London (AFP)

The Canadian Mark Fast and the Turkish Bora Aksu presented their spring / summer 2021 collections at London Fashion Week on Friday, few designers to maintain parades with public in these times of pandemic.

Long dresses with overlapping ruffles, translucent pastel colors, the atmosphere was romantic on the side of Bora Aksu.

Wearing delicate tulle masks, the models paraded outside in front of a few spectators at a good distance from each other.

Tonic awakening from knitting ace Mark Fast who dares green and neon pink in a streetwear collection.

The "FAST" logo hoodie is worn over a tight skirt ending in feathers.

Only a handful of the 80 designers attending this Fashion Week maintained “physical” catwalks, most showcasing their designs in videos posted online, or only by appointment to a small number of buyers and fashion columnists.

For some, the health context was an opportunity to rethink this fashion event.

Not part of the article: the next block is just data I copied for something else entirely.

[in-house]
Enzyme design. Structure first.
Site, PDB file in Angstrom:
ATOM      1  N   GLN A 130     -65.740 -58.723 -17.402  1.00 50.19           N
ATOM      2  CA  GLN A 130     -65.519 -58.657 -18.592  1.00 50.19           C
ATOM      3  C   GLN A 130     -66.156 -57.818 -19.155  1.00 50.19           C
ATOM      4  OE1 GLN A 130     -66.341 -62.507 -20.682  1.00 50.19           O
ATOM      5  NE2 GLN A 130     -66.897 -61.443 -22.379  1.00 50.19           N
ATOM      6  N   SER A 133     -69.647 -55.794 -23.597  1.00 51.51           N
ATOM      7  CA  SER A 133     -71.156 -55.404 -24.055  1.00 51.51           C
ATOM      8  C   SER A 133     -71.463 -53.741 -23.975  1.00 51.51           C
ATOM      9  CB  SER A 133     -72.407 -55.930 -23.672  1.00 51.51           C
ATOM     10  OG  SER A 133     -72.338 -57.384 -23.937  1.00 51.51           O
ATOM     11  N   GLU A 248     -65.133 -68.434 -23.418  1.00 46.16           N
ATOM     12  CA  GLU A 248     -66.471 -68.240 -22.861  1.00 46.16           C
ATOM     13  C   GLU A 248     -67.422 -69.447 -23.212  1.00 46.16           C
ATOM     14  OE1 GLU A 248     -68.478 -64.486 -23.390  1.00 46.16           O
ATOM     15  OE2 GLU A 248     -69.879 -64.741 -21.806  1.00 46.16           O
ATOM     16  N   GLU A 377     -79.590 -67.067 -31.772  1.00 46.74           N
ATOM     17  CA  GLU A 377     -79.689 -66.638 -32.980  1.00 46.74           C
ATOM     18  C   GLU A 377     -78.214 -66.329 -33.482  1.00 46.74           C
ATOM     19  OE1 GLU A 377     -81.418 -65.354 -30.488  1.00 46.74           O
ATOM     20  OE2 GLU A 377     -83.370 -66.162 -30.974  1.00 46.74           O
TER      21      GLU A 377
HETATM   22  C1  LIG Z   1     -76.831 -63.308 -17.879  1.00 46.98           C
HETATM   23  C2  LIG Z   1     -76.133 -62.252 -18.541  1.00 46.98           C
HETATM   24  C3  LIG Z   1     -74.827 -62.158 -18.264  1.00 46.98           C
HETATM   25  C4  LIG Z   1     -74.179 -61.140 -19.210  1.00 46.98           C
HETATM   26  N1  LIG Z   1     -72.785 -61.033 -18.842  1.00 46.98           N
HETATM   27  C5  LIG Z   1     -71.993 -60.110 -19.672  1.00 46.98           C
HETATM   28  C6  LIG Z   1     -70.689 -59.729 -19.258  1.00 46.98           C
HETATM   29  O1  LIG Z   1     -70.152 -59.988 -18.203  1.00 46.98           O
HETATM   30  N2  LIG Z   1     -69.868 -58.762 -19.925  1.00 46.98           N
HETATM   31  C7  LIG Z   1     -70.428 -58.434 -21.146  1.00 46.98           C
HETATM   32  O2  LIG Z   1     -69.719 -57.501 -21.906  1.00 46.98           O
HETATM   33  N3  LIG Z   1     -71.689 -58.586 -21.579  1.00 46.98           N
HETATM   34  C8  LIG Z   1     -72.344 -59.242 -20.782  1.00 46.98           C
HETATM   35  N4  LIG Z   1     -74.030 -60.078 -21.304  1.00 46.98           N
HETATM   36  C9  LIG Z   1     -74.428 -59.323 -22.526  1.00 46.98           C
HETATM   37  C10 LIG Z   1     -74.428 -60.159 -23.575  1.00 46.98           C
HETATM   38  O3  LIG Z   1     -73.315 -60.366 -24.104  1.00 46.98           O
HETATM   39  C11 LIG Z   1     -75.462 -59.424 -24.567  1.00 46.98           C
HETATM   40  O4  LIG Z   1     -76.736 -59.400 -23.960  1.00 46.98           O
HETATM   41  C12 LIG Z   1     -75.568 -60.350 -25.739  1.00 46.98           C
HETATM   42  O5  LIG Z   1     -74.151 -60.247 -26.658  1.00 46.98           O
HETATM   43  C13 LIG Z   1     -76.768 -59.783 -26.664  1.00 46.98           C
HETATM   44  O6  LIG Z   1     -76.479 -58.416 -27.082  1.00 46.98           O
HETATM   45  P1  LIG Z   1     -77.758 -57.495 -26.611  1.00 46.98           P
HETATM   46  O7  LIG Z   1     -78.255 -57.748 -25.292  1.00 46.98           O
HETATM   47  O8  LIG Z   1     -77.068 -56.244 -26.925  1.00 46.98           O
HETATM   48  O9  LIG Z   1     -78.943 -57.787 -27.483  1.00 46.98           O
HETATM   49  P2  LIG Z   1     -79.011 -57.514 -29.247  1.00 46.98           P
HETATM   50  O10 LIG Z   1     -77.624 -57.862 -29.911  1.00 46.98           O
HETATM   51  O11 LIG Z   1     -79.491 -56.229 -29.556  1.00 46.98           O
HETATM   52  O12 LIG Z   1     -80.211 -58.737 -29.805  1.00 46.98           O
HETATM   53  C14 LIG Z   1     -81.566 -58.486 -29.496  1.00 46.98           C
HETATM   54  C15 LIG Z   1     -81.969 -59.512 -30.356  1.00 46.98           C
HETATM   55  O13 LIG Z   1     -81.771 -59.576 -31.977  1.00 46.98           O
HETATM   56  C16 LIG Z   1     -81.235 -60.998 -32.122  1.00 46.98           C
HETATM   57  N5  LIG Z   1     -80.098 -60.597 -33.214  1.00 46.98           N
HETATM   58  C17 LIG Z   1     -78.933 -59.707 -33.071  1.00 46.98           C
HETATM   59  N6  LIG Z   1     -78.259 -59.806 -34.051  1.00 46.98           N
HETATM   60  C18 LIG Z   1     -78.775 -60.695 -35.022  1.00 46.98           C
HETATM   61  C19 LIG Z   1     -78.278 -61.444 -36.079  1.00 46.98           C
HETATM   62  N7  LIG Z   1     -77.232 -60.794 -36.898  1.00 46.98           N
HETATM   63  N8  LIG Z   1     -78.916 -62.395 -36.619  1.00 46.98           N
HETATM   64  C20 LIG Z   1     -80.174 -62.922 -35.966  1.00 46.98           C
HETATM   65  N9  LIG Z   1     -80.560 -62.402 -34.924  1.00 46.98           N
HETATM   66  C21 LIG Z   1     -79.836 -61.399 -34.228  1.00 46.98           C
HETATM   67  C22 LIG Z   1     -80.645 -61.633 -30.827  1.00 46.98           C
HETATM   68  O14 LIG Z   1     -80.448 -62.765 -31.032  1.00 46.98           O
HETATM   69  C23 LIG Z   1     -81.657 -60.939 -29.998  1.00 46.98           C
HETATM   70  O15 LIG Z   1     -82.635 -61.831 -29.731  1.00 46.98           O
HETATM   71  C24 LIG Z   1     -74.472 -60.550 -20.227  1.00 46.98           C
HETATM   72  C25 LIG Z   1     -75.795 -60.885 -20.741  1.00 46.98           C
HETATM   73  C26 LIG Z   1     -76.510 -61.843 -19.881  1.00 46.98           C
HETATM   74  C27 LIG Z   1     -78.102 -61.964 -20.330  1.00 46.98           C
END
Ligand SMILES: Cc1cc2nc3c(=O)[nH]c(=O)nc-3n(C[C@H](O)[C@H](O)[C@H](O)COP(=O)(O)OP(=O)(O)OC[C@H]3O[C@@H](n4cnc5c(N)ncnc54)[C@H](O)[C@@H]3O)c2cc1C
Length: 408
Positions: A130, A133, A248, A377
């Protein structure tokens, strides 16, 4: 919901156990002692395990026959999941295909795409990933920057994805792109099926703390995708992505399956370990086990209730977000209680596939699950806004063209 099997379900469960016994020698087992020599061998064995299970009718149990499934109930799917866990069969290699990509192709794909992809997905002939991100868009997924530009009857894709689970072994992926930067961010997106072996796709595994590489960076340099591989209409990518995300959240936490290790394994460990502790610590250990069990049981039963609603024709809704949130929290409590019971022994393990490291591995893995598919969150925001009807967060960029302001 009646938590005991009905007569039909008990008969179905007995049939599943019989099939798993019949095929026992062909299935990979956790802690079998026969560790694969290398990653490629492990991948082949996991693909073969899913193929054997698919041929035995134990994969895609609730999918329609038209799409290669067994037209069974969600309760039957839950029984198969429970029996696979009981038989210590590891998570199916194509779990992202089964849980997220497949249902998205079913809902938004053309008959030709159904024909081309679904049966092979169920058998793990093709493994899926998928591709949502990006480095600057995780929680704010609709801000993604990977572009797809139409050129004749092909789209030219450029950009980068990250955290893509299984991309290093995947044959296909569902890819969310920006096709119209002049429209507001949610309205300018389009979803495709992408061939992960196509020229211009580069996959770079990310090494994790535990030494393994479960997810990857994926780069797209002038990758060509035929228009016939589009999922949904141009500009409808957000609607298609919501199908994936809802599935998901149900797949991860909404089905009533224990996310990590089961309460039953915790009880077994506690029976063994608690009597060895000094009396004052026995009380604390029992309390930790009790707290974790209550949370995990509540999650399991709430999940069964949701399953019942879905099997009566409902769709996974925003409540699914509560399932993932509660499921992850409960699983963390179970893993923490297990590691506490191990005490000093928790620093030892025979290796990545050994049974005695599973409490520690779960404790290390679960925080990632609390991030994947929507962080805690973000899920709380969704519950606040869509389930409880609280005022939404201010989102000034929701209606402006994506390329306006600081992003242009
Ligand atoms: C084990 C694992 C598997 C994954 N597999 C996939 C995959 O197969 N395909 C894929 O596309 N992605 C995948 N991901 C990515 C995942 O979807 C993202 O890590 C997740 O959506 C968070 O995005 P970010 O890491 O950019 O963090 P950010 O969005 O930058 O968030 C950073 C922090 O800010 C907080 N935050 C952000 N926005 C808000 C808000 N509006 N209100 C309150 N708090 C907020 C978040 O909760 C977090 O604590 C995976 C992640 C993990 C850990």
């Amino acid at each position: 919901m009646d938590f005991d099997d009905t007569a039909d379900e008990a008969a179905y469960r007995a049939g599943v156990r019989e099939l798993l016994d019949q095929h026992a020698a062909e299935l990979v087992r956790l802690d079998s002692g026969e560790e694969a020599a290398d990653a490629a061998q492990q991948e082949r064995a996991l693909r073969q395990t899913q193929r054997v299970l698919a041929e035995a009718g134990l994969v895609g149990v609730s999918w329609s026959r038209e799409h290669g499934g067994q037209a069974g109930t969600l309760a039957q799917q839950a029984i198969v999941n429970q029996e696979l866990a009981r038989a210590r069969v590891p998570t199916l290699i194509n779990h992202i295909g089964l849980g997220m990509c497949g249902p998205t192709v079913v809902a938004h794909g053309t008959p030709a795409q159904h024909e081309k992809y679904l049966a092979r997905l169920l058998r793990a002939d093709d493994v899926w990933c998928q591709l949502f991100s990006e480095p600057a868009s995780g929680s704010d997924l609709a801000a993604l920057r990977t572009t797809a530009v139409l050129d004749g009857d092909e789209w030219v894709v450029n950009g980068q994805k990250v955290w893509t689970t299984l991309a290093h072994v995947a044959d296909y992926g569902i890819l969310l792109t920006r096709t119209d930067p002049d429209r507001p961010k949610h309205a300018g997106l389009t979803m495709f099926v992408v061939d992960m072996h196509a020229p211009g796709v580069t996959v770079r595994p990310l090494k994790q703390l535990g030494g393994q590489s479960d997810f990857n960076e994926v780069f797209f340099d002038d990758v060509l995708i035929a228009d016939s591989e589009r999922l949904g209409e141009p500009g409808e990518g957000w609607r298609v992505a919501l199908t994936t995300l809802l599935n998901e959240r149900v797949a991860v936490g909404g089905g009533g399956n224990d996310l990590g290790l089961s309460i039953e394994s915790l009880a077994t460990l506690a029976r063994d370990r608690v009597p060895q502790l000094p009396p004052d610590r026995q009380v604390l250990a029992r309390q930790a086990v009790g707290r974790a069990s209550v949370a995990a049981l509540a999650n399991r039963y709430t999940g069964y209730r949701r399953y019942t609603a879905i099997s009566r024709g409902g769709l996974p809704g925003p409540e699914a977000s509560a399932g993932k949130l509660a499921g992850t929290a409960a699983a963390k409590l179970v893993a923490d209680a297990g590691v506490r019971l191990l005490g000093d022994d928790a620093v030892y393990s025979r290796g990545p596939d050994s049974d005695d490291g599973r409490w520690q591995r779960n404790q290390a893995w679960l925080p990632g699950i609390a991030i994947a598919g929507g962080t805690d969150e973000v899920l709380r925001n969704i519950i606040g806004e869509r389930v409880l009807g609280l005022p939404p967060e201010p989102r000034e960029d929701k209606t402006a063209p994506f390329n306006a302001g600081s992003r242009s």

Halpern paid tribute to public service employees by asking eight of them to play the models in a video presenting the collection.

One of them, Arianna, a Spanish nurse living in London, swapped her hospital gown for a powder pink and black feathered dress with leopard-print sleeves.

"This collection was created to celebrate women on the front line (facing the pandemic) and for all those who can inspire and encourage", explains Michael Halpern, American designer of 31 years.

The queen of punk Vivienne Westwood, whose husband Andreas Kronthaler, 25 years younger, is currently designing the collections for her house, has used Fashion Week to send a message: "Buy less, dress well , swap clothes ".

"Wear your evening clothes to the office if you go back to work, mix up the seasons - our goal is to show only one collection per year," says the 79-year-old designer and activist, against the tide of "fast fashion" "and its damage to the environment.

Its unisex collection is inspired by traditional English cuts, taking liberties with prints and accessories such as buttons.

On the mannequins' masks, two words sum up the designer: "True Punk" ("True punk").

© 2020 AFP